food for thought

by michelle

Archive for the ‘cakes & desserts’ Category

torta di cioccolata

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This Italian-style flourless chocolate cake has a crisp crust, a wonderful rich dark chocolate flavour and a light, moist, melt-in-the mouth centre. I prefer my cakes not too sweet so I reduced the sugar in this recipe which comes from one of my favourite cake books, Bake your cake & eat it too! by Tamara Millstein.

Preheat your oven to 180ºC (350ºF) and prepare a 22cm (8″) springform tin by greasing and lining the bottom with baking paper. In a heat-proof bowl over a bain marie, melt 350g (12⅓ oz) of good quality chocolate pieces and 100g (3½ oz) of chopped butter until smooth and glossy. Whisk in 3 tablespoons of dutch cocoa powder plus 1 tablespoon of instant coffee and set aside. In another bowl beat 5 large eggs with 220g (7¾ oz) of caster sugar until thick and pale. Add 5 tablespoons of ground walnuts and 100g (3½ oz) of walnut pieces. Gently fold in the chocolate mixture until well combined. Pour into the cake tin and bake for 40 minutes. Switch off the oven and leave the cake in the closed oven until completely cool. When cool, remove from the pan. Combine 1 tablespoon each of cocoa powder and icing sugar and dust the top of the cake to serve.

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Written by michelle picker

October 11, 2017 at 12:26 am

baclava cheesecake

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My friend Deborah made this for a recent celebration. What a brilliant combination of two delicious cakes!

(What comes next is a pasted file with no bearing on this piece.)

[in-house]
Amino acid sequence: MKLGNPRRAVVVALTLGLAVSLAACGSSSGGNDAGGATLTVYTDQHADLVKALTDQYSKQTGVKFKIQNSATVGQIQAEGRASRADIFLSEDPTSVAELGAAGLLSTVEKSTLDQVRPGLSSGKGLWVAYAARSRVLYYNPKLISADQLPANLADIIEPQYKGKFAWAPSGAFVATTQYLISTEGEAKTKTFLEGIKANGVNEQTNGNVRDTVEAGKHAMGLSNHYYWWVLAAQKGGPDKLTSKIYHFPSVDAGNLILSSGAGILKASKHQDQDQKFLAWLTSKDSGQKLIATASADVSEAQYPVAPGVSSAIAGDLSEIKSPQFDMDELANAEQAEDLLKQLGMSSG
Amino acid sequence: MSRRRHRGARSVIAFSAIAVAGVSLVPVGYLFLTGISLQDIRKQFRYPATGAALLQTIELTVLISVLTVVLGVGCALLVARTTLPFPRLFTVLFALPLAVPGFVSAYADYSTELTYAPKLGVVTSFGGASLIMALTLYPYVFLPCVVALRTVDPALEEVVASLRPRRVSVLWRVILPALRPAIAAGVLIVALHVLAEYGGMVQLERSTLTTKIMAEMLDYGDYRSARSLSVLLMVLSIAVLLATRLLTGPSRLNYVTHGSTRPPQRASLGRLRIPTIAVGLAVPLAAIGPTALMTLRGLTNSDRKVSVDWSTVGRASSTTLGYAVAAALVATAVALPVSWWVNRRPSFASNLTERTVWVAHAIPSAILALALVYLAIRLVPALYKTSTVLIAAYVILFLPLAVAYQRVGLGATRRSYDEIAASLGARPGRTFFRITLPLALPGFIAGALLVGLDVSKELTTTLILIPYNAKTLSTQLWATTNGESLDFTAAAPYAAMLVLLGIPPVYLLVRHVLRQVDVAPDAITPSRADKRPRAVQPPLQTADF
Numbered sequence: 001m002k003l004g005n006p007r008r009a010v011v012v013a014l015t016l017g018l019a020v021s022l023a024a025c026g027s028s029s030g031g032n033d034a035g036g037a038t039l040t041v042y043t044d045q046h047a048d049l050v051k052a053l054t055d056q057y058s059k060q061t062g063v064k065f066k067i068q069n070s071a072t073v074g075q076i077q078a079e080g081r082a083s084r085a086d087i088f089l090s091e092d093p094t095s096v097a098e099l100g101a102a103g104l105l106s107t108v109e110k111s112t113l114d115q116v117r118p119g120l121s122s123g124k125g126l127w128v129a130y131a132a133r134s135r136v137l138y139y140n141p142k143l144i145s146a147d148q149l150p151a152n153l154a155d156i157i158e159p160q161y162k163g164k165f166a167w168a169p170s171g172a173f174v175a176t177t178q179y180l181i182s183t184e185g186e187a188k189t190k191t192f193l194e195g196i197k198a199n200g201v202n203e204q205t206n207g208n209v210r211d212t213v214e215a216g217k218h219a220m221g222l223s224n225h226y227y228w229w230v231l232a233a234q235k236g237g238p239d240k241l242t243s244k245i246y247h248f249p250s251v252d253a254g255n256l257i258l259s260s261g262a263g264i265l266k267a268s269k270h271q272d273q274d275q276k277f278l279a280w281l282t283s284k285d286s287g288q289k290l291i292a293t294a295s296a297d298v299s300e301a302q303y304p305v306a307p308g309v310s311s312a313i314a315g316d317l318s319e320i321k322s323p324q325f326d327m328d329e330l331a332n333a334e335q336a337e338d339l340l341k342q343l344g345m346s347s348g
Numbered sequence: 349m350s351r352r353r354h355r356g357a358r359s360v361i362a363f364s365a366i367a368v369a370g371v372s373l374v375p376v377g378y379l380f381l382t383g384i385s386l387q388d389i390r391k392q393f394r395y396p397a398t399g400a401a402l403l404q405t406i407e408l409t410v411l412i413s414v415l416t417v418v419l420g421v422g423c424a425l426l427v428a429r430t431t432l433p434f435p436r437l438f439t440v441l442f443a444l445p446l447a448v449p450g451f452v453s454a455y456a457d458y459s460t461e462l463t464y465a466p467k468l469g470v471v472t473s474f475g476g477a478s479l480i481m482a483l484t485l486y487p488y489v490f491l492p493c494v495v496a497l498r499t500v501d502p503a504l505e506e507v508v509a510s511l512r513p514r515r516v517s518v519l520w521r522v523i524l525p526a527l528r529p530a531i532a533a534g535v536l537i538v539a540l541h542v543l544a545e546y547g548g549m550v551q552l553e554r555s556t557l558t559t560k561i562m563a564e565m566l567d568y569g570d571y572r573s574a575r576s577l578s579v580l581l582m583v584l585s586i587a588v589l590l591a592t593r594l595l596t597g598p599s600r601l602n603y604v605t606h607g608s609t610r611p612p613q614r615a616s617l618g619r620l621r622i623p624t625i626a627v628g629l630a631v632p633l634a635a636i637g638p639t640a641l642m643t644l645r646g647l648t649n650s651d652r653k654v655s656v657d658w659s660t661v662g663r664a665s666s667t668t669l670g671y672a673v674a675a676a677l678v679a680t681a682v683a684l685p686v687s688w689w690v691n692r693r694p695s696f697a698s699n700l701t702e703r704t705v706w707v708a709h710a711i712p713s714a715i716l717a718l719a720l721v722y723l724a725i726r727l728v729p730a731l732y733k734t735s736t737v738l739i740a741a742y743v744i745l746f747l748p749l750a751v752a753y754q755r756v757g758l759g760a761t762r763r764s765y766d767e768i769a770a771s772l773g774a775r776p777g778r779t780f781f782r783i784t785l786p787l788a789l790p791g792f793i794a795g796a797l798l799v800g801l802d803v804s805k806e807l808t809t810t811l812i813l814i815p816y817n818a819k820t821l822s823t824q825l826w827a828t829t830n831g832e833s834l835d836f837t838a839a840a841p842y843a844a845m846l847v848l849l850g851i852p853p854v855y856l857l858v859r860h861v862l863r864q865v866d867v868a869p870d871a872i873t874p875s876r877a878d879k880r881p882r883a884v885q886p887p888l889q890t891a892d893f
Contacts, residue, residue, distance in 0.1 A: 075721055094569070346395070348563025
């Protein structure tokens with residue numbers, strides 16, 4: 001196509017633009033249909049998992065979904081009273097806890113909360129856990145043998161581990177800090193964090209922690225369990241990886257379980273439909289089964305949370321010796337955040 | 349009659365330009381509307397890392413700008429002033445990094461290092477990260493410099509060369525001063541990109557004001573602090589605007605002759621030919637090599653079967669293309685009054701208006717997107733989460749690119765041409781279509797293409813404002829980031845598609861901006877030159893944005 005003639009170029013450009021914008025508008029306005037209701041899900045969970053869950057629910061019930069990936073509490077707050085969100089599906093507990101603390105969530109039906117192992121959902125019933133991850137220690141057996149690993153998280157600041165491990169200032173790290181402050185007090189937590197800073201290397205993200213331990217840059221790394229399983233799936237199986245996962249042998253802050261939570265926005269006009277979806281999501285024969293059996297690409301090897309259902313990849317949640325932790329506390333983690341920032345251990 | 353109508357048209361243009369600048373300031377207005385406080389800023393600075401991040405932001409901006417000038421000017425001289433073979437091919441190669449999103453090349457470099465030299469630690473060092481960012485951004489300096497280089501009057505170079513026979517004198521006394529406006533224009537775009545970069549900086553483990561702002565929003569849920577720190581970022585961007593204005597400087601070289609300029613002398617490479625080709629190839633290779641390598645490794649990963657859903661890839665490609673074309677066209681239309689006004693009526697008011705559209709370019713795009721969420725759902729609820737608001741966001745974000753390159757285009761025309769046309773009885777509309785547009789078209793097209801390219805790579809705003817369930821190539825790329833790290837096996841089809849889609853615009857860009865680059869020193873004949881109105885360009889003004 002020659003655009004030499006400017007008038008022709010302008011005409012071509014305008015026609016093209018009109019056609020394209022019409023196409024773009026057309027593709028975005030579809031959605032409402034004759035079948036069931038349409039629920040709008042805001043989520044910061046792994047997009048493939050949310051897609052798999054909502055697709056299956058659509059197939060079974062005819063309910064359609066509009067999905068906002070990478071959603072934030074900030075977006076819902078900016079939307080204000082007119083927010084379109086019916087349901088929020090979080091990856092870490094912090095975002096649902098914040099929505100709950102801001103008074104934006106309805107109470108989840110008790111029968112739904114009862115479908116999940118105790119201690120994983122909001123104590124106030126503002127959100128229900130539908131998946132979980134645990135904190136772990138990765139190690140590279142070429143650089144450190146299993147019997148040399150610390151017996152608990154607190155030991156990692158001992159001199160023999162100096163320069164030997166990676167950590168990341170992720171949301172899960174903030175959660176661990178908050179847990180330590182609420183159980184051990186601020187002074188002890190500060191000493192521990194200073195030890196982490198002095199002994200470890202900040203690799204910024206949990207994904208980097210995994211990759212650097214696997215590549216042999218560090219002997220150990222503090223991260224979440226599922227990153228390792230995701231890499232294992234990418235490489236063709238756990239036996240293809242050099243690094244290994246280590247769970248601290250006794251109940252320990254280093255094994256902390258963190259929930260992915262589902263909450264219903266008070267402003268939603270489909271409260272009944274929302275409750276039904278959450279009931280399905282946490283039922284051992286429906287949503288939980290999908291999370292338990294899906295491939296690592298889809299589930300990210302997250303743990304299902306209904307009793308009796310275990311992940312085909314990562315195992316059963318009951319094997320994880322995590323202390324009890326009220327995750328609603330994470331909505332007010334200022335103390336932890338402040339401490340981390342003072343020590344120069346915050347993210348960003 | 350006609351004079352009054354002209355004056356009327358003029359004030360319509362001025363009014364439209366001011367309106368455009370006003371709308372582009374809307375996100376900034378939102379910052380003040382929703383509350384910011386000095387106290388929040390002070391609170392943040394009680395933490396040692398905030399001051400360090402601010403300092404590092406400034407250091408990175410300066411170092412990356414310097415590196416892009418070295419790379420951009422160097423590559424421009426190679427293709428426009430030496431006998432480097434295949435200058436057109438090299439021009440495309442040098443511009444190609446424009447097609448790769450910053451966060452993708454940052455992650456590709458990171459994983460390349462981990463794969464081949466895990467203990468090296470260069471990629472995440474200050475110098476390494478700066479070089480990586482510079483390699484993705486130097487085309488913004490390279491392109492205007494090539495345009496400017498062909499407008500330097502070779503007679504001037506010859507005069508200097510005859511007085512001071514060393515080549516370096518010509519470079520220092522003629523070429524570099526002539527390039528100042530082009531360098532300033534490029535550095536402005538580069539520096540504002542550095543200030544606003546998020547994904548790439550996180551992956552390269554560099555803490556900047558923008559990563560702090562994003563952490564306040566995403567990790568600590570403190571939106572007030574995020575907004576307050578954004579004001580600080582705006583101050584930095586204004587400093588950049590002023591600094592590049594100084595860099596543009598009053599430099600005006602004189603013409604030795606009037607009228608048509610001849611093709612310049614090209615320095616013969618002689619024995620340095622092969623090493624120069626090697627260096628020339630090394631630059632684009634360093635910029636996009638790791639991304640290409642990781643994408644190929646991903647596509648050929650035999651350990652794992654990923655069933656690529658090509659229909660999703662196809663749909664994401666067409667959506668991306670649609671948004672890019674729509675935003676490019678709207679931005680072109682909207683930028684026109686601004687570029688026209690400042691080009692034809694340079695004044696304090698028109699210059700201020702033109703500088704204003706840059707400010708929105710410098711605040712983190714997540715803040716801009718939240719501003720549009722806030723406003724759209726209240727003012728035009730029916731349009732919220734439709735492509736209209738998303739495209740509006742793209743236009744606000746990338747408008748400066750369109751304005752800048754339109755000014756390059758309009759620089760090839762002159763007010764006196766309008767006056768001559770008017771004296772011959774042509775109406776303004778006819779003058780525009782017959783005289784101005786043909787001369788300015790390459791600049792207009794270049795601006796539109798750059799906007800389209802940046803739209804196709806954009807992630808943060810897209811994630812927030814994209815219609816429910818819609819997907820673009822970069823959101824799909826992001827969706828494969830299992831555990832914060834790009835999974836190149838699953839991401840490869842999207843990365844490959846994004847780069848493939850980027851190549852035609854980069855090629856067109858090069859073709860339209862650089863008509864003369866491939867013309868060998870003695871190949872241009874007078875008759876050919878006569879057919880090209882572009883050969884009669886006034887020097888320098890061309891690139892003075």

Preheat your oven to 180°C (350ºF). Place ⅓ of a cup each of blanched almonds and hazelnuts on a baking tray and bake for 5-8 minutes until toasted. Meanwhile, make the honey syrup by combining ½ a cup each of caster sugar and honey, ⅔ of a cup of water and a cinnamon quill in a saucepan. Place over medium heat until the sugar dissolves then simmer without stirring for approximately 15 minutes until syrup thickens slightly. Discard the cinnamon and set aside to cool. Reduce the oven temperature to 160°C (320ºF). Butter a 22cm (8″) springform pan and line the bottom with baking paper. Finely chop the almonds and hazelnuts plus ¼ of a cup of walnuts in a food processor and transfer to a large bowl. Add ½ a teaspoon of ground cinnamon. Now add ¼ of a cup of the honey syrup to the nut mixture and stir to combine. Clean the food processor and add 500g (1 lb) of cream cheese (at room temperature), 300g (10½ oz) of sour cream and ¾ of a cup of caster sugar. Process until smooth. Add 3 eggs and 1 teaspoon of pure vanilla essence and combine. To assemble you will need approximately 10 sheets of filo pastry and melted butter. Brush the first sheet with some melted butter then fold it in half. Place it in the pan allowing it to overhang slightly. Repeat with the remaining filo and melted butter, turning and overlapping each sheet slightly to line the pan completely. Pour half of the cream cheese mixture into the pastry and top with the nut mixture. Pour in the remaining cheese mixture then fold the edges of the pastry over the top of the filling. Bake for 1 hour and 10 minutes or until the centre is just set. Turn off the oven, open the door slightly and leave cheesecake inside until cooled completely. Chill in the fridge for 6 hours and serve with the remaining honey syrup.